Leading Professor Says QLD Teen Police Recruitment Goes Against Fitzgerald Inquiry
Suggests addressing culture
Queensland Police Service’s new recruitment policy has been slammed by a leading academic, saying it would bring young people into a poor culture.
Professor Heather Douglas from the University of Melbourne told the Commission of Inquiry into Police Responses to Domestic and Family Violence she doesn’t agree with the move to allow 17-year-olds to apply for police service.
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She said the reducing the minimum age of joining the Queensland Police Service goes again the recommendations made in the Fitzgerald Inquiry.
“I accept that some things have changed but I think there’s a real cultural problem within the police,” Ms Douglas said.
“I think that these (issues) have not been addressed to the standard that Fitzgerald would have hoped.
“I think there is more change that could happen culturally, and it’s not assisted by bringing in very, very young people into the police service, especially given the complex social problems that police are routinely called to deal with.”
In 1989, the Fitzgerald Report recommended phasing out the cadet system which targeted school leavers.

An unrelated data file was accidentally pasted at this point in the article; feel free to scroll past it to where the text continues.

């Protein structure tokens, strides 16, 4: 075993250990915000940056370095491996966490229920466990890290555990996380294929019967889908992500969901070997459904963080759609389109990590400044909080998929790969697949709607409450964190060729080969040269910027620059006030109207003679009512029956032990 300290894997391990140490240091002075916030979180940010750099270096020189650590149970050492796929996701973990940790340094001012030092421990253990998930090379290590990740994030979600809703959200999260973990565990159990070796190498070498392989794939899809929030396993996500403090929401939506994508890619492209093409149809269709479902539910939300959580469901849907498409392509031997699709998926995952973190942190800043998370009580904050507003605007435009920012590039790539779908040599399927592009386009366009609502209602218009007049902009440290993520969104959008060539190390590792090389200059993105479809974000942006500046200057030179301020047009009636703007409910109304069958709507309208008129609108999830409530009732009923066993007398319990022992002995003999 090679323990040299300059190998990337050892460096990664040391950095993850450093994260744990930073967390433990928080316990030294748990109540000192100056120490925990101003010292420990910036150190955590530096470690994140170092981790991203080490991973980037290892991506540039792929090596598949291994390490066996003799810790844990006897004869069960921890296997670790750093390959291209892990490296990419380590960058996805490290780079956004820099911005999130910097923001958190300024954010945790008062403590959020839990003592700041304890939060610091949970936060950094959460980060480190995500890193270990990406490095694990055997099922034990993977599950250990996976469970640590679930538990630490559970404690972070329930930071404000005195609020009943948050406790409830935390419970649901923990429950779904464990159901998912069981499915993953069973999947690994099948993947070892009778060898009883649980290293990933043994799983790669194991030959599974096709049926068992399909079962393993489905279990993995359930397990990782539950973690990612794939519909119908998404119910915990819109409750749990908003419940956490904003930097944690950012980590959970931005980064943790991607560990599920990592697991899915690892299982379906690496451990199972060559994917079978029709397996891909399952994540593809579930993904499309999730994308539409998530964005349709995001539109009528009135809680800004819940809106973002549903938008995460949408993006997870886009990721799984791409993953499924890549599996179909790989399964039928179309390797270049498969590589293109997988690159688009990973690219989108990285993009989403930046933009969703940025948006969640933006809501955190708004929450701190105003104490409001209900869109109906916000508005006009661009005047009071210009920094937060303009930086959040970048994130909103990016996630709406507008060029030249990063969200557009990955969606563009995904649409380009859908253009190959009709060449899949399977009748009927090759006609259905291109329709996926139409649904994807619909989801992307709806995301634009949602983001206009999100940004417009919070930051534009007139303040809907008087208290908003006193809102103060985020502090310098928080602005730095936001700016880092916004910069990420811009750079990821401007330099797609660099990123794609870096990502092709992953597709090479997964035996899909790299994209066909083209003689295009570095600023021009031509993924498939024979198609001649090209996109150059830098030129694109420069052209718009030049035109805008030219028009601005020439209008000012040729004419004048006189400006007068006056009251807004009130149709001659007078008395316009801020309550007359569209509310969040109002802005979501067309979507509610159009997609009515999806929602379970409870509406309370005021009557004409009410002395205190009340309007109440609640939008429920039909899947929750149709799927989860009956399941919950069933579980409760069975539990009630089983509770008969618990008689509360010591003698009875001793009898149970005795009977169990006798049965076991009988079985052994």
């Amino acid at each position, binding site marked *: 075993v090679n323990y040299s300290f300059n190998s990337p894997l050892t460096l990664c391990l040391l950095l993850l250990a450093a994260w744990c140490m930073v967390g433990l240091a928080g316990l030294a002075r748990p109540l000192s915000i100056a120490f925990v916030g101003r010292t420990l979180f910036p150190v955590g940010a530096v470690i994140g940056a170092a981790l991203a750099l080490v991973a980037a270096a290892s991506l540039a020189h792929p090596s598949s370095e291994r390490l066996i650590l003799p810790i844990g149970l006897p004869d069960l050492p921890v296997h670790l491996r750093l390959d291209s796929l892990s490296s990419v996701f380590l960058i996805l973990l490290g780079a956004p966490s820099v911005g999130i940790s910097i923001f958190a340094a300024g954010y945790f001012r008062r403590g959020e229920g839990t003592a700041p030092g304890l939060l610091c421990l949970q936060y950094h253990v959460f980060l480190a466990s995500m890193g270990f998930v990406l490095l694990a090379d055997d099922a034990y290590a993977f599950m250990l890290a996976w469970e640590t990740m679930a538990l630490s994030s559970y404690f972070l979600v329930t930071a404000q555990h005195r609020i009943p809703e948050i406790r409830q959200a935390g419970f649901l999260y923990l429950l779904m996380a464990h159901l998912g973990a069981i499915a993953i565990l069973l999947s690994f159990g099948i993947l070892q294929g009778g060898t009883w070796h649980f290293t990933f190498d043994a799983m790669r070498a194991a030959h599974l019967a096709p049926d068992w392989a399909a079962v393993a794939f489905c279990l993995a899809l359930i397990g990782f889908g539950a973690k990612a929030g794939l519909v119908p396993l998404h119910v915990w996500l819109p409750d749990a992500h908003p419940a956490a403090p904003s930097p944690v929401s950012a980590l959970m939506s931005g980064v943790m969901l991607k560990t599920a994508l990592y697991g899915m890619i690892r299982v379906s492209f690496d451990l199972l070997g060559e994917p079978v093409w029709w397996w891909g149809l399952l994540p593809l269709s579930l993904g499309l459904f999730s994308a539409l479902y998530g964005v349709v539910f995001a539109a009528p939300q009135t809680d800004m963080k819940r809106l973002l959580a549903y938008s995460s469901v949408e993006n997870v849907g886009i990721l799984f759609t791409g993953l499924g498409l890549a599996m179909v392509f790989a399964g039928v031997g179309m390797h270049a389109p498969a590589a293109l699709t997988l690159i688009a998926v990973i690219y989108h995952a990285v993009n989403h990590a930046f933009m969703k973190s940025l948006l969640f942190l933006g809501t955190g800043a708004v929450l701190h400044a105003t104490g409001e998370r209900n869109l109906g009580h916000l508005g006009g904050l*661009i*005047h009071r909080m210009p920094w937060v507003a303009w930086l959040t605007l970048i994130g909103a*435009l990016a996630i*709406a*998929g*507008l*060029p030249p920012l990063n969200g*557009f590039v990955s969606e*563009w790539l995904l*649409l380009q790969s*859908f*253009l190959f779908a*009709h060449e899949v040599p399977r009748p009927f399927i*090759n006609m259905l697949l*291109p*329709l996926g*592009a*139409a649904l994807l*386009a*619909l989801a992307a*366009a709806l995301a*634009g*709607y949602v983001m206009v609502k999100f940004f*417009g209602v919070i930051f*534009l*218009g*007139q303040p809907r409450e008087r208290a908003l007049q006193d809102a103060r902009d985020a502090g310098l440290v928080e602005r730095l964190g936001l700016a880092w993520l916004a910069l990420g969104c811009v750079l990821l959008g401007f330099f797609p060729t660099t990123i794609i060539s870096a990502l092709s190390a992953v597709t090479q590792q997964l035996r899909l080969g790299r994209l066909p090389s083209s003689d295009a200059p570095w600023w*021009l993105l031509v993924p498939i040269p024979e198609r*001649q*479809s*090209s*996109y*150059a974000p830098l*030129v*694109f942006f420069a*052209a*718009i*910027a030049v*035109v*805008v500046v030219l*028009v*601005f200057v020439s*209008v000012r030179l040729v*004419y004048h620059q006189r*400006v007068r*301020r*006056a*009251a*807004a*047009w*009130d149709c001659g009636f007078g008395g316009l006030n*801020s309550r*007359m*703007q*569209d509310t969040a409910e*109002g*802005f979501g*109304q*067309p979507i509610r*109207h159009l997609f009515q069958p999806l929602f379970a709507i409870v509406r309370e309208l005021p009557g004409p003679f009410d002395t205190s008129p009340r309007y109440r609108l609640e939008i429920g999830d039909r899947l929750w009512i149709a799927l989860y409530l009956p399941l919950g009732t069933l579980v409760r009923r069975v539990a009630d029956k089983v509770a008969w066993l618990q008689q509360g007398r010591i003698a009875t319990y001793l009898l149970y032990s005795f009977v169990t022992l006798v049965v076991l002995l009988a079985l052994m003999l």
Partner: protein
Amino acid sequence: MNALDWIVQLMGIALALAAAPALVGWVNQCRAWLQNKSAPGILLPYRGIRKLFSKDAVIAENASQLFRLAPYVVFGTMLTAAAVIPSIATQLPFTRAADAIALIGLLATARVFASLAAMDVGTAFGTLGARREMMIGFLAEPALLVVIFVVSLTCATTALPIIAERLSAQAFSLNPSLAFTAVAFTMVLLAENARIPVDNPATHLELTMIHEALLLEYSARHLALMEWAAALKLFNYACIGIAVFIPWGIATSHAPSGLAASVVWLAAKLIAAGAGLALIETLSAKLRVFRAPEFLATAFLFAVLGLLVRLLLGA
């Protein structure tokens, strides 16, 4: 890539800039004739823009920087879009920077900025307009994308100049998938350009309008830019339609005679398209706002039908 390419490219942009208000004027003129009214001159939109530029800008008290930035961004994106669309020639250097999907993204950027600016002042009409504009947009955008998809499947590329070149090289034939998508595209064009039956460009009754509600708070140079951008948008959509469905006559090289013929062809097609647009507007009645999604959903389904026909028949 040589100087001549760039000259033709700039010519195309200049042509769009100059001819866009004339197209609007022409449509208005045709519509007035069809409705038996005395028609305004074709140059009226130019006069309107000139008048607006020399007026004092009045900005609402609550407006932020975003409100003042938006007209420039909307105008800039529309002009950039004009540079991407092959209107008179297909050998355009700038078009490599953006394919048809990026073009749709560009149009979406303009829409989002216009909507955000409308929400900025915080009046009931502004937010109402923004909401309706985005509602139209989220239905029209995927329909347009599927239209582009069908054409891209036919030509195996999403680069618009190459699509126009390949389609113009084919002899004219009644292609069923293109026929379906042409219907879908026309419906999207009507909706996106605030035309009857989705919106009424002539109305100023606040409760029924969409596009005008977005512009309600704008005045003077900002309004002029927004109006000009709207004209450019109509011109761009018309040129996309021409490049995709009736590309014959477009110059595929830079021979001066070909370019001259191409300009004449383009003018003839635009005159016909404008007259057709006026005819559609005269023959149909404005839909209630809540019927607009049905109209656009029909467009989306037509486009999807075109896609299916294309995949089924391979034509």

It said the “relative youth and inexperience of cadets” caused high attrition rate, indicating the “expectations of police work do not accord with the reality, and that they are not prepared for the unpleasant aspects of policing.”
Jeff Hunter QC, acting for the Queensland Police Service suggested that the recommendations in the Fitzgerald Report were made at a time when the police union was contemptuous of police officers obtaining a higher education.
Douglas believed however that people young people who didn’t complete school or received a higher education would learn off the job from police officers who could have been a part of a poor culture.
She said there needed to be a focus on changing the current culture within the service rather than bringing in young people.
“If we’re going to go in a new direction with the police and improve the responses to domestic and family violence, the right way isn’t to go backwards in terms of recruitment, to uneducated police officers,” she said.
“I would suggest that there’s scope for perhaps recruiting more broadly from social work degrees for example or into other university graduates.”
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